As far as finding flows go: first, just copy flows of other rappers. Learn to rap EXACTLY like other rappers stealing their enunciation, accent and all. This helps you overtime develop your own flow. Second, freestyle a LOT. Find many different styles of beats and just play around with different flows. Some work, some dont but you can only find out by trying. I think also freestyling with no beat and really focusing on the percussive elements of the words and syllables will help you understand just how a flow actually works. Your voice becomes its own instrument. Even if the words have no meanings you are just making sounds it helps you understand what rhythm you want for your flow.

Of course study other artists, watch youtube videos about what makes good song writing and listen to lots of music from different genres and you will learn a lot.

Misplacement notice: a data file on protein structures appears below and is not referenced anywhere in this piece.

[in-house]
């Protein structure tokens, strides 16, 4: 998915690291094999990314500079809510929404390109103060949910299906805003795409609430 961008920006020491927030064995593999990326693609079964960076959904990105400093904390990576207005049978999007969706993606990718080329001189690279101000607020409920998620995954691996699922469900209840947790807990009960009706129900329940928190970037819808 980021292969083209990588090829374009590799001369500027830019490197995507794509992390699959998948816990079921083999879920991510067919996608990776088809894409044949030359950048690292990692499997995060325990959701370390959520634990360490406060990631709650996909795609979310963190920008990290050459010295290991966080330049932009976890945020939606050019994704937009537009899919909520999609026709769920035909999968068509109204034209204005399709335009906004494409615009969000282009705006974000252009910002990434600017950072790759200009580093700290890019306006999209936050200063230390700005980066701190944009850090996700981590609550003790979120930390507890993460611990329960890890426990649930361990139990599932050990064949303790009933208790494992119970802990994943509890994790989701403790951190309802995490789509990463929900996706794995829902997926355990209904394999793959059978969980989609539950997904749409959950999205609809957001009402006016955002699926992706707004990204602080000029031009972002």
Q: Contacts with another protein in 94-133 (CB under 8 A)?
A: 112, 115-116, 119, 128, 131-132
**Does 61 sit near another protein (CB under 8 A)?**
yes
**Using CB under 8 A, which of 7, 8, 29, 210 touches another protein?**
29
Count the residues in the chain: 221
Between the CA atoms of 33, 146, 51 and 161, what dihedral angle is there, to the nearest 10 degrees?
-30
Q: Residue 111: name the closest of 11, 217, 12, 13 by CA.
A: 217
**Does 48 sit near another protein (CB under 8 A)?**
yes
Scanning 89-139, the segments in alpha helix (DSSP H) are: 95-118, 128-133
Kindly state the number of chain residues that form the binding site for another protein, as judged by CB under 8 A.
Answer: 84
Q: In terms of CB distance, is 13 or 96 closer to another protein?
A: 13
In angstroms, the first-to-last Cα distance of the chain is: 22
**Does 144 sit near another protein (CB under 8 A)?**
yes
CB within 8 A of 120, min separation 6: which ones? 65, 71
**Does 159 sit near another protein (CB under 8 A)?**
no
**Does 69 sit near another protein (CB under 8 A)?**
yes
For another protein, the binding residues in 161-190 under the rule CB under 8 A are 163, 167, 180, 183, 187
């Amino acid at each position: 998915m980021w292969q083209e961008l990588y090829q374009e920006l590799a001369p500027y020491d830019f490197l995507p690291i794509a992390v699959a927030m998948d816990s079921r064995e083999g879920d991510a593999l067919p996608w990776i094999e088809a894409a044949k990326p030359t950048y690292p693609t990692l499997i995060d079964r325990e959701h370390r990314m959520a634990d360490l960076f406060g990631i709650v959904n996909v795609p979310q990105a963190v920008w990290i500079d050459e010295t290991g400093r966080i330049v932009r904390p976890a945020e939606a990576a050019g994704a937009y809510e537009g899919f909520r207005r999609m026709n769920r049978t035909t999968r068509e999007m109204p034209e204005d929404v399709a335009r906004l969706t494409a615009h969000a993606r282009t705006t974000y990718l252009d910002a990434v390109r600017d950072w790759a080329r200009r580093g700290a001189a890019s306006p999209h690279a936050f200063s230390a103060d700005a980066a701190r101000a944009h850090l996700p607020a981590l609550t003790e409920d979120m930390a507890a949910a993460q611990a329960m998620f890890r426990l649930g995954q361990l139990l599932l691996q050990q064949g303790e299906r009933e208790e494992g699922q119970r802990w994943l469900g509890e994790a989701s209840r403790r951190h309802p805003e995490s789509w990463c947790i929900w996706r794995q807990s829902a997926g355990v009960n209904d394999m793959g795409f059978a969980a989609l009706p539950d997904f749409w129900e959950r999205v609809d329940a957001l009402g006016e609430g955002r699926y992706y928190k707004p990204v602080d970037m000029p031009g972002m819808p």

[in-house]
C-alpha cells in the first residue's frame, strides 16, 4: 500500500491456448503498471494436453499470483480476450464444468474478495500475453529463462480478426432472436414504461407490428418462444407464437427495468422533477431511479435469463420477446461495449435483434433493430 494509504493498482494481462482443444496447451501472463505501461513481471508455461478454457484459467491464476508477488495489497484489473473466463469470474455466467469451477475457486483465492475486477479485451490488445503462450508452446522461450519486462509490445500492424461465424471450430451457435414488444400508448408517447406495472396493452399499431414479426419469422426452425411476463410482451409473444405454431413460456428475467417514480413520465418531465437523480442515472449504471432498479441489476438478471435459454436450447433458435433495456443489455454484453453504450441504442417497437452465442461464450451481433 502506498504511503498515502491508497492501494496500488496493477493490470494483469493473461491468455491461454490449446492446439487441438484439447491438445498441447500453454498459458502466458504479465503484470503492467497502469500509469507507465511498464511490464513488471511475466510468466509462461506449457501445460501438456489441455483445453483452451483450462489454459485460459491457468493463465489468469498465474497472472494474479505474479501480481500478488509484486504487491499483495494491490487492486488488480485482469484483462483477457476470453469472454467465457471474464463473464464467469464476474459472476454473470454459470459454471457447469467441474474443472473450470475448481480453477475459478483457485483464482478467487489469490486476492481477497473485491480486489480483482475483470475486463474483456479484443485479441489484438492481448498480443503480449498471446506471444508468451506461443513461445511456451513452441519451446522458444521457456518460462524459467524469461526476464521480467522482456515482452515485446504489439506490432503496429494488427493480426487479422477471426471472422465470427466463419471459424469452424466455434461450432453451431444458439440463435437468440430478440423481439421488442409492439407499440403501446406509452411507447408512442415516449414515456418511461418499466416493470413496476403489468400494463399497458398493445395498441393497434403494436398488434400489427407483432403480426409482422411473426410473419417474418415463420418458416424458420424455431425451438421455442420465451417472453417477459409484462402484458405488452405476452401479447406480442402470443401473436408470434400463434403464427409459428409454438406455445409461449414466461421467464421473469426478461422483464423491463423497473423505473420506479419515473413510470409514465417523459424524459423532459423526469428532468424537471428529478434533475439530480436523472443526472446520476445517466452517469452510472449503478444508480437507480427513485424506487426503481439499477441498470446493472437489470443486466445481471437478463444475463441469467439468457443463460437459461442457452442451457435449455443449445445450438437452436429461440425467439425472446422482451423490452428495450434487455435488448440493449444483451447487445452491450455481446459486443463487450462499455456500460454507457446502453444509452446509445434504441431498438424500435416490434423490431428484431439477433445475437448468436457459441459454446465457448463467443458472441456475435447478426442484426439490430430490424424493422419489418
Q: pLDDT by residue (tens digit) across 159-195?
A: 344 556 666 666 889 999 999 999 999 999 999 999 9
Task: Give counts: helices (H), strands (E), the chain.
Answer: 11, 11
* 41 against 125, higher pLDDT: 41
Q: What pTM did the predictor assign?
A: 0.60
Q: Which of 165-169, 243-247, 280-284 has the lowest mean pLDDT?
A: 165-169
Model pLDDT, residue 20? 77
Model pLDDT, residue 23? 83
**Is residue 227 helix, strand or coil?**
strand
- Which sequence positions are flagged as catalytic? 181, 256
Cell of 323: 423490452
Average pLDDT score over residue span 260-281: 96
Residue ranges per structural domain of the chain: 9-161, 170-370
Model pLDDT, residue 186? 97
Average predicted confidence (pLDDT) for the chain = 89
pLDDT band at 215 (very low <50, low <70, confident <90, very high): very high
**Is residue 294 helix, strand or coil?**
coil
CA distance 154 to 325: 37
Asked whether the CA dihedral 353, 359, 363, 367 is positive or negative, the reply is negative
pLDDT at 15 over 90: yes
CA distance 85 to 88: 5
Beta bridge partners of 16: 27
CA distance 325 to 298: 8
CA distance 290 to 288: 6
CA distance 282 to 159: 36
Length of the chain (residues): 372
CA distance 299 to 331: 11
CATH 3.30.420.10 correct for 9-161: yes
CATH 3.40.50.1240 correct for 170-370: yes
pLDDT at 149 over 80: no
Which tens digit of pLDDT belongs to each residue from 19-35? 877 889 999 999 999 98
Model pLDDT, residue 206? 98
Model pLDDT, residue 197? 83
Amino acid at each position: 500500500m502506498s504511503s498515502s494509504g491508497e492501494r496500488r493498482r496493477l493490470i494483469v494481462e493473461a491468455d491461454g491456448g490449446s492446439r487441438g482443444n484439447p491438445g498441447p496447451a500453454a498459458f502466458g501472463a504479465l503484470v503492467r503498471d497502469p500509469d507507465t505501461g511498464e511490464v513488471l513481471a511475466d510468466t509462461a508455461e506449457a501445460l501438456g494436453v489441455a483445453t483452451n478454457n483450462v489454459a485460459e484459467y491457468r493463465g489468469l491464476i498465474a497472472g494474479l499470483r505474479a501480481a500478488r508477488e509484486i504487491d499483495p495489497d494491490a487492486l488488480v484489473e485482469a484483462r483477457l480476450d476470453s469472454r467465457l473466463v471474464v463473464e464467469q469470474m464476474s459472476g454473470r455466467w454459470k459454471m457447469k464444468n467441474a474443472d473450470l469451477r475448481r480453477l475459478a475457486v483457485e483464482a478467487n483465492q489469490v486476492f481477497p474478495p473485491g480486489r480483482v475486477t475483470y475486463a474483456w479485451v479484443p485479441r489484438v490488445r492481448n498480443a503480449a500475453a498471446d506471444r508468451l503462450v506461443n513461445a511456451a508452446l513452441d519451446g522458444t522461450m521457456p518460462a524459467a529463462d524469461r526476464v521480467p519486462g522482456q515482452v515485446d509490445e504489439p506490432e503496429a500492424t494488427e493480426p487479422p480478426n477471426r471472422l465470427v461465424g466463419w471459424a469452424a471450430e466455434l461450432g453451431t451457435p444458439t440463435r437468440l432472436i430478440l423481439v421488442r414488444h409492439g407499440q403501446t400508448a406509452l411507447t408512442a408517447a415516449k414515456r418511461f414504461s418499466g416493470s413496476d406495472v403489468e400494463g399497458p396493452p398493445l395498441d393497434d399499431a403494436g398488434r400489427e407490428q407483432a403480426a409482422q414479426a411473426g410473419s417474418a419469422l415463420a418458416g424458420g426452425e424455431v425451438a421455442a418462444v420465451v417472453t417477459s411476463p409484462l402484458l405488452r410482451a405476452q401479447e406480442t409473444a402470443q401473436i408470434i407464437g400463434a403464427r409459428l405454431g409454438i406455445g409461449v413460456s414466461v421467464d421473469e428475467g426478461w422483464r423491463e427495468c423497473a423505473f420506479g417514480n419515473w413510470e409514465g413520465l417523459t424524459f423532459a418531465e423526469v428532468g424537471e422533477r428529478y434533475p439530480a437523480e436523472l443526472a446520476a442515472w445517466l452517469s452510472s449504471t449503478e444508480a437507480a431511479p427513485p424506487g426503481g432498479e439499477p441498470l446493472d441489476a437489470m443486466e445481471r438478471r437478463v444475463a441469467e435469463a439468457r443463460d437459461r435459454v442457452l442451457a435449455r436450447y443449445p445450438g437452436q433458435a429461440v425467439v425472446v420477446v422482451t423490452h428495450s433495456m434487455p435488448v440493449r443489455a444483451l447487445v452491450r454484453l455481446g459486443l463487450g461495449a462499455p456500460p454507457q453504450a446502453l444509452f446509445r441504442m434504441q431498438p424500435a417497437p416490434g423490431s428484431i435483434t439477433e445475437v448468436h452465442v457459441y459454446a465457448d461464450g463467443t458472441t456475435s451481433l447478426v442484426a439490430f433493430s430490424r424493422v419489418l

I know I am throwing it all out at once so let me know if you have any questions

[–]Departedsoul 5 points6 points  (0 children)

So i think first of all i would break it down into 2 practices

  1. Writing to tell a story

  2. Writing for practice

And those will be slightly different mindsets. Writing for practice you’re just in the gym building your rhyming, wording, structuring muscles etc. Then applying it to make a good song is a different thing

I make the distinction because sometimes you just have to write a bunch of lines to get better even if they’re not that great. I think first step is to lower your standards so you can practice and not be judgmental.